But when Stevik was successfully identified, his family was devastated by the news. Though they hadn’t seen him in 17 years, they thought he was alive and well, said the detective-turned-coroner who worked Stevik’s case. The family asked that his real name not be released, for his privacy’s sake and for their own. The case captivated thousands of impassioned people who felt protective of Stevik, and who’d put in work and money to help identify him; what would they say or do to the family that never reported him missing? Many honored the family’s wishes. Others — the “creepy” and “ill-mannered,” Press calls them — are still trying today to uncover his identity through means like the Freedom of Information Act. They feel entitled to it, like they were Stevik’s real family, Press said.

But this aspect of the DNA Doe Project’s work — an attentive audience — hasn’t been all bad. Every one of their cases, before they took them on, had some kind of online following. Chandler/Nichols had his Zodiac message board threads. Buckskin Girl/Marcia King had a Facebook page. This was another big difference between naming suspects and solving Doe cases: The latter had cheerleaders, people who were willing to fund any efforts to identify the unknown, people who were torn up by the tragedy of these unidentified souls.

Everyone fears dying alone, but these Does actually did, and no one in the decades following had claimed them. With no fresh leads, their cases had fallen to the bottom of detectives’ workloads. If no one knew who these Does were, who would look for them? Who would remember them? Strangers on the internet, it turned out.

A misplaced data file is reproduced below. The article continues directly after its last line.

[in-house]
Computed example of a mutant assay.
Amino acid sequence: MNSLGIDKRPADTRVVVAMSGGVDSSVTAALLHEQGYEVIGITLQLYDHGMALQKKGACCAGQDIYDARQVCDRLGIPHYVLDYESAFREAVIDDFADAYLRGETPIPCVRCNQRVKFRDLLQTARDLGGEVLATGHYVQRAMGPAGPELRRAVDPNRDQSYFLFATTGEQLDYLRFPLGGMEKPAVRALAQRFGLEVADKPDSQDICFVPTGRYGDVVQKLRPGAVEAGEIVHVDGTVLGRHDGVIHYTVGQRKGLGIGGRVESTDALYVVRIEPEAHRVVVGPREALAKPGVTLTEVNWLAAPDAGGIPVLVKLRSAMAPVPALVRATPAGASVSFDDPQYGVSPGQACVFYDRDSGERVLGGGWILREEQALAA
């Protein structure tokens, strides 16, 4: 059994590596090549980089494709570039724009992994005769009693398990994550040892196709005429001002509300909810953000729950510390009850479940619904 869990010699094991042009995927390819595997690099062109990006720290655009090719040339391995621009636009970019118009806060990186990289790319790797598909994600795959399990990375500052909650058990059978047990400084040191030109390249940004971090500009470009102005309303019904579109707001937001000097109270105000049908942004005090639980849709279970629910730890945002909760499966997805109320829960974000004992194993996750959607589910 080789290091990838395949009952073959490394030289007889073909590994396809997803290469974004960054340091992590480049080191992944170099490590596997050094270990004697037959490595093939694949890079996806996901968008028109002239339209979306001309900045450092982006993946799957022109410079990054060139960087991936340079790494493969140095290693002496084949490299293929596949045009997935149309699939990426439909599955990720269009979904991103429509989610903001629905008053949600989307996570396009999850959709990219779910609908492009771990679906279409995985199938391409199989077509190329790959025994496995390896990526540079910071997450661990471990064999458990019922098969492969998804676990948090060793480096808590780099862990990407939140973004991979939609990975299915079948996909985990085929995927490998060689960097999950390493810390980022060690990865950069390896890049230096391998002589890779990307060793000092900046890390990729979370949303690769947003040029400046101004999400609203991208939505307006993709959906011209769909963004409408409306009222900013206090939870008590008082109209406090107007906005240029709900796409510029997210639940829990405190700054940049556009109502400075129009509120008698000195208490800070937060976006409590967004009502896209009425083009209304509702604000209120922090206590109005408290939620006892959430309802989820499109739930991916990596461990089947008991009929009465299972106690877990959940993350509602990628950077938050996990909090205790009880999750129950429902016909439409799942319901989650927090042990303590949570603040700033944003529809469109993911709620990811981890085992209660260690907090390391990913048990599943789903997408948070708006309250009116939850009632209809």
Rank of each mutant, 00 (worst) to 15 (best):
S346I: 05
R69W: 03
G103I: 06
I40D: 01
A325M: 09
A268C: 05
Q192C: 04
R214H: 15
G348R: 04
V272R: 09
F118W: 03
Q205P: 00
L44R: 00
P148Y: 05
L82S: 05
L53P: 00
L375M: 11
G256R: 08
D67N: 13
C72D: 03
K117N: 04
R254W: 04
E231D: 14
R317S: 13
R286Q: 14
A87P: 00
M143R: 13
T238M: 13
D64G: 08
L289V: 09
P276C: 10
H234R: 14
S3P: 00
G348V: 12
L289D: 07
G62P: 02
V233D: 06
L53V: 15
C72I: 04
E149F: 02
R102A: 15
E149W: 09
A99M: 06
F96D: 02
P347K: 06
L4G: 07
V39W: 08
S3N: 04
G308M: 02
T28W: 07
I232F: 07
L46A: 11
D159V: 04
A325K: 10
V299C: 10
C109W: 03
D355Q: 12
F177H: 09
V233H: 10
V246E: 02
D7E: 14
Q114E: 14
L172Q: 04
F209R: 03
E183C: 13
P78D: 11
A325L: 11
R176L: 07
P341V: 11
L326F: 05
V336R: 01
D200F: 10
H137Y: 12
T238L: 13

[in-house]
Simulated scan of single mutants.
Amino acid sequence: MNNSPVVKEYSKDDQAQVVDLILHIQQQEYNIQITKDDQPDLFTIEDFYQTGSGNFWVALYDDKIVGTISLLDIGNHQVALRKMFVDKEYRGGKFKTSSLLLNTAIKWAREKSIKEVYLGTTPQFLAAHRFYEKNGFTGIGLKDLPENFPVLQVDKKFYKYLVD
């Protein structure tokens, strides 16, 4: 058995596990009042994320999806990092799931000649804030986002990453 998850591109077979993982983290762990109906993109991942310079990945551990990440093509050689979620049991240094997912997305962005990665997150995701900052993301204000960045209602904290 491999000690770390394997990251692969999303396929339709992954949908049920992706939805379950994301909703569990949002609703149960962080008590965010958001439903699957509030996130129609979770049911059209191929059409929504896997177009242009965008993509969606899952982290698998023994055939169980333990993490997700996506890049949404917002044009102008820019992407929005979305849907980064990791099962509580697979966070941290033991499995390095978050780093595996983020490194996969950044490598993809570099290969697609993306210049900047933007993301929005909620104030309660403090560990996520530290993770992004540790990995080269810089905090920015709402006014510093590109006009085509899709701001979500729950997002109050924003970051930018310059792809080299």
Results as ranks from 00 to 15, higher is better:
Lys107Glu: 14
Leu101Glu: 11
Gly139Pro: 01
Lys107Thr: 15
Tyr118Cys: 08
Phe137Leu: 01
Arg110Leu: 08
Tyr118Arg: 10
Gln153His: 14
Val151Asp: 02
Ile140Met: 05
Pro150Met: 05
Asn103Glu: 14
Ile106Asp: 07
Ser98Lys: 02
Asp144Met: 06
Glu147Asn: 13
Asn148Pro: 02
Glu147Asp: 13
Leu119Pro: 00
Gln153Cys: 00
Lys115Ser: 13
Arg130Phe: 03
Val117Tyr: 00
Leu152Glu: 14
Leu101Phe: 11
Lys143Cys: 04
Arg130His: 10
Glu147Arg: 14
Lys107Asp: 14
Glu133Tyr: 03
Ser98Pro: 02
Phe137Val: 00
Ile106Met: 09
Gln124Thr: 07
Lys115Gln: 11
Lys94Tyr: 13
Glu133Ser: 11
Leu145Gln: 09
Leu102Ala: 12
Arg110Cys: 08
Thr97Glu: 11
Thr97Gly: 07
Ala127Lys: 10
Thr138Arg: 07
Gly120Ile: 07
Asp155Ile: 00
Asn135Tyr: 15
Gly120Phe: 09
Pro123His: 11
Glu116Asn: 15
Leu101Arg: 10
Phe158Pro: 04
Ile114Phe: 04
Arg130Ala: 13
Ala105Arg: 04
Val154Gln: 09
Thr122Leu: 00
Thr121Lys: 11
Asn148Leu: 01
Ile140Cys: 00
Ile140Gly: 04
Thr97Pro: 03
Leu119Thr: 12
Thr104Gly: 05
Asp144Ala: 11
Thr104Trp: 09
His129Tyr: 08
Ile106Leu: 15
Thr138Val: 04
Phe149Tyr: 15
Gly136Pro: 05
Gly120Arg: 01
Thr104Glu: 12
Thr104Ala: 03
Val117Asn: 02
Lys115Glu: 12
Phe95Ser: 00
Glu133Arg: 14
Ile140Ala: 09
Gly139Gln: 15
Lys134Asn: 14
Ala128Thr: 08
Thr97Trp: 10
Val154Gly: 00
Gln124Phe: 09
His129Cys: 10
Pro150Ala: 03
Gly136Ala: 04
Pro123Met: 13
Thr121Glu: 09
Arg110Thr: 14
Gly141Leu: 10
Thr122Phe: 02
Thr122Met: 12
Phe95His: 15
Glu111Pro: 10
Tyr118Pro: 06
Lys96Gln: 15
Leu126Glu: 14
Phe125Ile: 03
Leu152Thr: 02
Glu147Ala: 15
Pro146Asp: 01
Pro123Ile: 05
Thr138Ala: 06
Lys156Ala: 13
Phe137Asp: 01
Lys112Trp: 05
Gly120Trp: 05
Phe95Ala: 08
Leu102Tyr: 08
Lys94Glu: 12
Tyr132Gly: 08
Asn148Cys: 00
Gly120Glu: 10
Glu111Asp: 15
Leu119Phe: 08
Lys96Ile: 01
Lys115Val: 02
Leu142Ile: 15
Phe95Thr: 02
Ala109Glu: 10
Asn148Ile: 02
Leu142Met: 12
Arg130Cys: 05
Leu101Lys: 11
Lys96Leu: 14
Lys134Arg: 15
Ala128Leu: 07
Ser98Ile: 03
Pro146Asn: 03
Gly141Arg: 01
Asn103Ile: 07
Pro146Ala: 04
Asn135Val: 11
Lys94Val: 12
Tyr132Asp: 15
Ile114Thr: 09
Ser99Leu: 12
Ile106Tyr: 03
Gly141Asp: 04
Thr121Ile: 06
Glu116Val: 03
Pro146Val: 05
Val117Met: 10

“You could argue that the greater good is in bringing killers to justice and getting serial murderers off the streets,” Press said. “It’s a much more subtle public good to name the nameless.”

As they solved these cases, DNA Doe Project’s volunteer network blossomed. Press described the group of about 40 as a “think tank.” They work primarily online, and often into the wee hours of the morning, though occasionally they drive to nearby libraries or universities to dig into relevant records. They’re supportive and patient with one another. They aren’t paid by the government agencies they’re assisting; those agencies don’t even know who they are. In their day jobs, they’re private eyes or retired law enforcement or professional adoptee searchers. But this is their downtime, solving genealogy mysteries as they would a Sudoku puzzle.

“We all see how addicting it is, and how you can sit at your computer for hours and can’t give it up,” Press said. “What makes this so addictive is not just getting closer to solving a puzzle, but getting closer to solving a puzzle that people care about, that’s going to matter. It’s going to matter.

By the time a digital file of the frozen baby’s DNA landed in their inbox, ready to upload to GEDmatch, Press and Fitzpatrick had made their decision.

“We told the investigator, ‘We can’t do this case right now, until attitudes have changed and we’ve established ourselves and we’re accepted. This would kill our project. Just kill it,’” Press recalled. She never expected to be making a decision like this. Help name a baby at the cost of sending his mother to prison? Who knew what had led her to that parking lot in January 1988?

“There may be all kinds of reasons,” Press said. “She could be young, she could have been coerced ... She’s still complicit in murder. But it’s not gonna be a poster-child case for getting the community on board with what we’re trying to do.”

Press and Fitzpatrick are experienced genealogists, but they weren’t prepared to consider such weighty ethical life-or-death questions when they started getting into family trees. Now their field is developing so quickly that there aren’t widely agreed-upon ethical guidelines, and certainly not anyone to enforce them. The closest thing to professional standards is a 2015 document drafted by a handful of relatively respected figures in the field. Fitzpatrick doesn’t think it’s nearly enough.